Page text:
Historic Homes Style Guide
An architectural emblem of the American dream, bungalows are traditionally one or one-and-a-half story dwellings of horizontal orientation that combine style with simplicity and sound construction with affordability. The bungalow boom took off around the turn of the century, when the burgeoning West brought notions of American independence, health, respectability and importantly, a prevalent architectural style apart from aristocracy.
Images courtesy of the Colorado Historical Society. Visit their “Guide to Colorado’s Historic Architecture and Engineering” to browse through more architectural styles.
Echoing the features of the Prairie architecture of Frank Lloyd Wright, the American Foursquare style is as boxy and spacious as it name suggests. Allowing for roomy interiors no matter the lot size, a Foursquare will likely feature a simple box structure, two-and-a-half stories, a low-hipped roof, full-width porch, dormer and for exterior materials—brick, stone, stucco, concrete or wood siding.
With its debut in Pennsylvania in the 1600s when German settlers set the stage, the Dutch Colonial style evolved into a linear floor plan as original single-room homes expanded outward via additions on either end (with chimneys typically taking up residence on one end or the other). Other notable features include a broad gambrel roof reminiscent of a barn, double-hung sash windows with outward opening wood encasements and a central horizontally divided doorway (so livestock stayed out and fresh air wafted in). When nostalgia for colonial times set in during the beginning of the 20th century, Dutch colonial styles enjoyed an encore appearance.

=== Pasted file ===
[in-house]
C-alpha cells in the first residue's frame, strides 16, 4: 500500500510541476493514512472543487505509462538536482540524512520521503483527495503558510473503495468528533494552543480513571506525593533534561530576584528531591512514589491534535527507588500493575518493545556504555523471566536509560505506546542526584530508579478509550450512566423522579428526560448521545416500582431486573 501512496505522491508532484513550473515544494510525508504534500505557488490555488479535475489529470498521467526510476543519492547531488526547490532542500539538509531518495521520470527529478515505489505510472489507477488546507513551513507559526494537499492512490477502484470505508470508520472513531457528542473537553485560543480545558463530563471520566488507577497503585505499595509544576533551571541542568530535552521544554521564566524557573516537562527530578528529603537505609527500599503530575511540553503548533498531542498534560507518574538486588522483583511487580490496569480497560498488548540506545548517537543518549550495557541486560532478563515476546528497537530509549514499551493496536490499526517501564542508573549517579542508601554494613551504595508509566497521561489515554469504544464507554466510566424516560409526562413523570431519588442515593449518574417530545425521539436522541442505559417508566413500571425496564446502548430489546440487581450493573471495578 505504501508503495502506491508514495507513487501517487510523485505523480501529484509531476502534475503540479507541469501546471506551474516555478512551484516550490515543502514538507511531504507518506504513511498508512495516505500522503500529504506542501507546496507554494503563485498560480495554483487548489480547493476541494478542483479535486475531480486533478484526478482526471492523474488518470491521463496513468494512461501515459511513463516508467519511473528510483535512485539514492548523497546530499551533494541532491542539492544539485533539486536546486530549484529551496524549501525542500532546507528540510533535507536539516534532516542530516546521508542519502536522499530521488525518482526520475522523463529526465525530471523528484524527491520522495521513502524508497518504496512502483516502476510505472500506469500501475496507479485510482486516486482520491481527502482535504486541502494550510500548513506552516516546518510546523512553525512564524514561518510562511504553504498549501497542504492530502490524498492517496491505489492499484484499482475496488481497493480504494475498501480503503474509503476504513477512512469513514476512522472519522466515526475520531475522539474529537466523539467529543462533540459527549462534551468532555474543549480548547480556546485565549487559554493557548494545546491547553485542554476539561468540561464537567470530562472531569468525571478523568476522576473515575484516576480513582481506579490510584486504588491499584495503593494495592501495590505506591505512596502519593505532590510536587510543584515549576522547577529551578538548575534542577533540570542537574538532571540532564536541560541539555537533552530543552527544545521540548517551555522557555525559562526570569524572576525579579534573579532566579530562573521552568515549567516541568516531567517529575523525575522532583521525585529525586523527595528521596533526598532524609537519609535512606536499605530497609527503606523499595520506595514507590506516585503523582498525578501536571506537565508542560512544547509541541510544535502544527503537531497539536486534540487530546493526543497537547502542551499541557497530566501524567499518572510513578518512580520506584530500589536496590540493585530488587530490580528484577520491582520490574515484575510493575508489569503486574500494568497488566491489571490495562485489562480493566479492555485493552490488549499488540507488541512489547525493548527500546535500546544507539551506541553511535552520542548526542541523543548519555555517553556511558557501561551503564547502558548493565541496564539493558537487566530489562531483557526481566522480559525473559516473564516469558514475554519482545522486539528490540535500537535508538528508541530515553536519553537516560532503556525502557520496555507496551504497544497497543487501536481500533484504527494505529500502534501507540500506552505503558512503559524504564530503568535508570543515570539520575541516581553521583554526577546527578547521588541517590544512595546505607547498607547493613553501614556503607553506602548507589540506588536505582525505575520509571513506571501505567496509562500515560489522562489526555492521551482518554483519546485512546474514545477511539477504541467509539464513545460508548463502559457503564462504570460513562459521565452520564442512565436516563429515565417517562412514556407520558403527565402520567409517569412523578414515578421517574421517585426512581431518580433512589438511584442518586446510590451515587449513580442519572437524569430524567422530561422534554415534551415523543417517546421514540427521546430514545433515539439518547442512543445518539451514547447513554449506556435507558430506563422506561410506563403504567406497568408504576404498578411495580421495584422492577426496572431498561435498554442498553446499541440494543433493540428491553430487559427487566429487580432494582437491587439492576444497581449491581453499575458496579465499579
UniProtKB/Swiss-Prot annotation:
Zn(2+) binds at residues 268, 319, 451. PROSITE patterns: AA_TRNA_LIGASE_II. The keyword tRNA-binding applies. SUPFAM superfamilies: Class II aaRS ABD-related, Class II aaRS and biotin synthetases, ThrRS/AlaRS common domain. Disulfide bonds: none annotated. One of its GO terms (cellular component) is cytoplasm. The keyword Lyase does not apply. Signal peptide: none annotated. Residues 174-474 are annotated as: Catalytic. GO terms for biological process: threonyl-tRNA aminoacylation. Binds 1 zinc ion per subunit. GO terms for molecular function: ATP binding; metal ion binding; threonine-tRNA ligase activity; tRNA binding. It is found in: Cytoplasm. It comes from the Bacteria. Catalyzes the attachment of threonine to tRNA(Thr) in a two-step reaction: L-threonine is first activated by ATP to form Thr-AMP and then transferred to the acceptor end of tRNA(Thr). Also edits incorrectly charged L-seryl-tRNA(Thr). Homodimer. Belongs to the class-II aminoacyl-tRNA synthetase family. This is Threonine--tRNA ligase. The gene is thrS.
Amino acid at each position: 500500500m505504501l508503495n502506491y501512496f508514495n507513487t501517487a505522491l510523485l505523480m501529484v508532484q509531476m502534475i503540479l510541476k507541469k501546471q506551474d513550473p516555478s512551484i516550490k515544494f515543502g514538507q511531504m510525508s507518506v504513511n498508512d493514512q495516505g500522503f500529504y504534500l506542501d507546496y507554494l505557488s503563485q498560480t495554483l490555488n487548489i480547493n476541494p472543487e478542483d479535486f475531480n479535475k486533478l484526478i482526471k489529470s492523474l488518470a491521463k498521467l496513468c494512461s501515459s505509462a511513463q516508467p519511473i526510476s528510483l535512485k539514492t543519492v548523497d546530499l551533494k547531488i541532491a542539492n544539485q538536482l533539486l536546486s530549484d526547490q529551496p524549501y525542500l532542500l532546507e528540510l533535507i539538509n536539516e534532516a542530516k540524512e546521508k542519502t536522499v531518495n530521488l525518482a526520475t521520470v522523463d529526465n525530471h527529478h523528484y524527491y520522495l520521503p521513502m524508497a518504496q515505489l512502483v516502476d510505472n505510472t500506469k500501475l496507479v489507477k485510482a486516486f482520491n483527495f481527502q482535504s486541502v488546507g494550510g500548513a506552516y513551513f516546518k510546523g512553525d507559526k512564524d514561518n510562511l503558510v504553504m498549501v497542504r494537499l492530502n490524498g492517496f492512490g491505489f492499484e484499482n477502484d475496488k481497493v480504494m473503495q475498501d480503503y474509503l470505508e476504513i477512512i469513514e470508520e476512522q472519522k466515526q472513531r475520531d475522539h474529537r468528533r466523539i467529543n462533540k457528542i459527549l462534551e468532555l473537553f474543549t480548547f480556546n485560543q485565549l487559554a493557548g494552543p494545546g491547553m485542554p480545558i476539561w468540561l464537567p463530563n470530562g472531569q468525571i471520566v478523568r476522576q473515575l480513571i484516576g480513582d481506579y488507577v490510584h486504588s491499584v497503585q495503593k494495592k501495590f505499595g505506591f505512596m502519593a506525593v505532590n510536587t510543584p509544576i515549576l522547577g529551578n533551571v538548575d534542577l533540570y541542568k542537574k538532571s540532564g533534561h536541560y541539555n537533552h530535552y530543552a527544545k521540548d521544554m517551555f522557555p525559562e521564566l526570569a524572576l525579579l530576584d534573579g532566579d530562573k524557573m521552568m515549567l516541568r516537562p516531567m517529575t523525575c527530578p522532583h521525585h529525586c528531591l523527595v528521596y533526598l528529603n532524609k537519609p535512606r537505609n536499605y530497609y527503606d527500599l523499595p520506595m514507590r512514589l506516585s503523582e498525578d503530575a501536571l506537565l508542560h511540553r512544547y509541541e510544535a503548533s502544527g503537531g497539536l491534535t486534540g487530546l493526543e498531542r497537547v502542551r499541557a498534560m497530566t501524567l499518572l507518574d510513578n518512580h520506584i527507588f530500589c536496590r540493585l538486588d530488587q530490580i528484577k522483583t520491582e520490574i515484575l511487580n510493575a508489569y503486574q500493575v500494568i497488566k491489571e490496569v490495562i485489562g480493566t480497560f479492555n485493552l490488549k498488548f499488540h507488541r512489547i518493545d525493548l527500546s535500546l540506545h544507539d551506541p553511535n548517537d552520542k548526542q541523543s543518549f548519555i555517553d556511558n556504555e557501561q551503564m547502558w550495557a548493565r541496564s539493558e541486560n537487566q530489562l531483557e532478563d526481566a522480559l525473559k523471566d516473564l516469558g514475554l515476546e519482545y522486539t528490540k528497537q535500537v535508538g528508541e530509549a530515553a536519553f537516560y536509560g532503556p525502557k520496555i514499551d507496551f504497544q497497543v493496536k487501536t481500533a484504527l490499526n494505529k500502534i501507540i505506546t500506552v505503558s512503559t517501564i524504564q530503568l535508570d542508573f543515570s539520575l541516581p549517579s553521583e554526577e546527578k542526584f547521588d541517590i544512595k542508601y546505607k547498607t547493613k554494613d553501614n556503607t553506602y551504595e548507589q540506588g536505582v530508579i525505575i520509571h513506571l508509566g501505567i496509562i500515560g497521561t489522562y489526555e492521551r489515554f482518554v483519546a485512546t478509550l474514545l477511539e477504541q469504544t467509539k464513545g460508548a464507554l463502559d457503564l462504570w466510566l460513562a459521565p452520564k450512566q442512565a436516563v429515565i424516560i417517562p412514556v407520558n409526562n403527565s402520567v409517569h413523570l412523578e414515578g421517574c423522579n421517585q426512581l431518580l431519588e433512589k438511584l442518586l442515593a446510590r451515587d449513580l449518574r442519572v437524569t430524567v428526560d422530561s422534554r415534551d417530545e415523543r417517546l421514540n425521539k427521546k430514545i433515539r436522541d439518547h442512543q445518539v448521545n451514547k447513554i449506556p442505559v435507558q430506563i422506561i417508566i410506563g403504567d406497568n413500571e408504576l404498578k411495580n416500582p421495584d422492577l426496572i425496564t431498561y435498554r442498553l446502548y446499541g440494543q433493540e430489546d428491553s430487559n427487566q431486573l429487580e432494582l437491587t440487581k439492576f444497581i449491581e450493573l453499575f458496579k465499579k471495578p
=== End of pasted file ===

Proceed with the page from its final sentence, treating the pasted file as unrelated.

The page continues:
Referring to the set of styles popular between 1720 and 1840 and named for the succession of British monarchs named (not surprisingly) George (I-IV), this style celebrates symmetry, proportion and balance. Mathematical ratios were used to designate windows, and classical modes of architecture were referenced through decorative touches from ancient Greece and Rome. Red brick walls, white trim and portico entrances are among the Georgian style’s distinctive features.
A renewed interest in Italian Renaissance palaces and coastal villas inspired the arrival of this style in the U.S. around the turn of the 20th century, with a boom in the 1920s and ‘30s in Florida and California, thanks to their spot along the seaside. What makes it distinct? Multi-story rectangular floor plan, stuccoed walls, flat or low-peaked terra cotta and tile roofs, arches and a lavish application of Spanish baroque details in the decoration of balconies, cornices, openings and patios. Just think the Alamo…or booming early 20th-century Miami.
Among the Tudor style marks are oriel windows—a bay window that emanates from the façade of the building is supported by brackets and does not touch the ground—paired strikingly together with the famous Tudor arch, a flattened pointed arch drawn from four centers and revising its predecessor, the steeply-pitched Gothic arch. It all came to be during the reign of the Tudor dynasty in England (1485-1603) to suit the tastes of conservative college patrons, then merged into the initial rumblings of the Gothic Revival style. Today, behold the Tudor style’s regal aura found in some of the academic buildings of Cambridge and Oxford.
Curious about what these numbers mean? Browse through the Colorado Historical Society’s “Guide to Colorado’s Historic Architecture and Engineering.”